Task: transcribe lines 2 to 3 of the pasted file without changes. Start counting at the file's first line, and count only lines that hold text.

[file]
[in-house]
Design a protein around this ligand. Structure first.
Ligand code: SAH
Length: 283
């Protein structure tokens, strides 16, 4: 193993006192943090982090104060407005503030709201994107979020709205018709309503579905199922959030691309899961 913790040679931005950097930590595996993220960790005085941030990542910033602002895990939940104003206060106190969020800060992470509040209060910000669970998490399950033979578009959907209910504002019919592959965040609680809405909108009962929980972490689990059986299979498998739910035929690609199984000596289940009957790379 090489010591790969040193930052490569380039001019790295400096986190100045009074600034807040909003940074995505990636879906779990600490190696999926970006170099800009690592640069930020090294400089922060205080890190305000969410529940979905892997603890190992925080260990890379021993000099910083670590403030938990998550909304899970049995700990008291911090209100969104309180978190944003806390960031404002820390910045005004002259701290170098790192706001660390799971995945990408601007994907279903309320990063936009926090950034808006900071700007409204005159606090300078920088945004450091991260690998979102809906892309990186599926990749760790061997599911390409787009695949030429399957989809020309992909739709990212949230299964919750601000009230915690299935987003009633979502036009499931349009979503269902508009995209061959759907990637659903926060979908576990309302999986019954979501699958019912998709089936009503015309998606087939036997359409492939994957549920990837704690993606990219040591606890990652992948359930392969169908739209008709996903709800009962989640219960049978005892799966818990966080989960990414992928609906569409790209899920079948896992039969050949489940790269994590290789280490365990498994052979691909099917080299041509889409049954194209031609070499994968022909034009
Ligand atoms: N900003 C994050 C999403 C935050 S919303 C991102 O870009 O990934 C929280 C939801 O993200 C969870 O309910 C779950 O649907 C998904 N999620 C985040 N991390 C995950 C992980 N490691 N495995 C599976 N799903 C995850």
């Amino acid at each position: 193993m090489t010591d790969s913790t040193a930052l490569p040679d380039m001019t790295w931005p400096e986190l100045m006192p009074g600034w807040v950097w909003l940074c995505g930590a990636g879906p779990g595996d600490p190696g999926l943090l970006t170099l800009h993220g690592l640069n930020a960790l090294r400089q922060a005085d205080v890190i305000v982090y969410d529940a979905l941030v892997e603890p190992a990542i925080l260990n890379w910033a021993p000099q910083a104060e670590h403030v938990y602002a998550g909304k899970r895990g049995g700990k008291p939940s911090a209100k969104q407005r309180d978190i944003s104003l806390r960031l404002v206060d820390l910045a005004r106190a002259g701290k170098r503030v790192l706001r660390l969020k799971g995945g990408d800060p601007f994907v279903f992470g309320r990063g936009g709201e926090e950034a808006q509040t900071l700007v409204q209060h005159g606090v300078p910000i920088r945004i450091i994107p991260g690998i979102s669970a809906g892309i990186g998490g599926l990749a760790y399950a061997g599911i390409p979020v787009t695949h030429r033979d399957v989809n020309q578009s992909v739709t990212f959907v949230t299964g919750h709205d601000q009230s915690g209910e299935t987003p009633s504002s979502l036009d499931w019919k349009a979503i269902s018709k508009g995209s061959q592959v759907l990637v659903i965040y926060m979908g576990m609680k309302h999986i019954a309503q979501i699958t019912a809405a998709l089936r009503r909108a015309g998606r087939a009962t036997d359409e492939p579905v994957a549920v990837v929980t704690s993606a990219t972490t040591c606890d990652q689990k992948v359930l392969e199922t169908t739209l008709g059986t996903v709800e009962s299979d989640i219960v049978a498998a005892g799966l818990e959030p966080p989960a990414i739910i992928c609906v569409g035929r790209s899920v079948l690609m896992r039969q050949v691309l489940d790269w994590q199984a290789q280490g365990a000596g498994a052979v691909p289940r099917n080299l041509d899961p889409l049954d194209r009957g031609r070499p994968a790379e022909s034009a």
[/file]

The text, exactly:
Design a protein around this ligand. Structure first.
Ligand code: SAH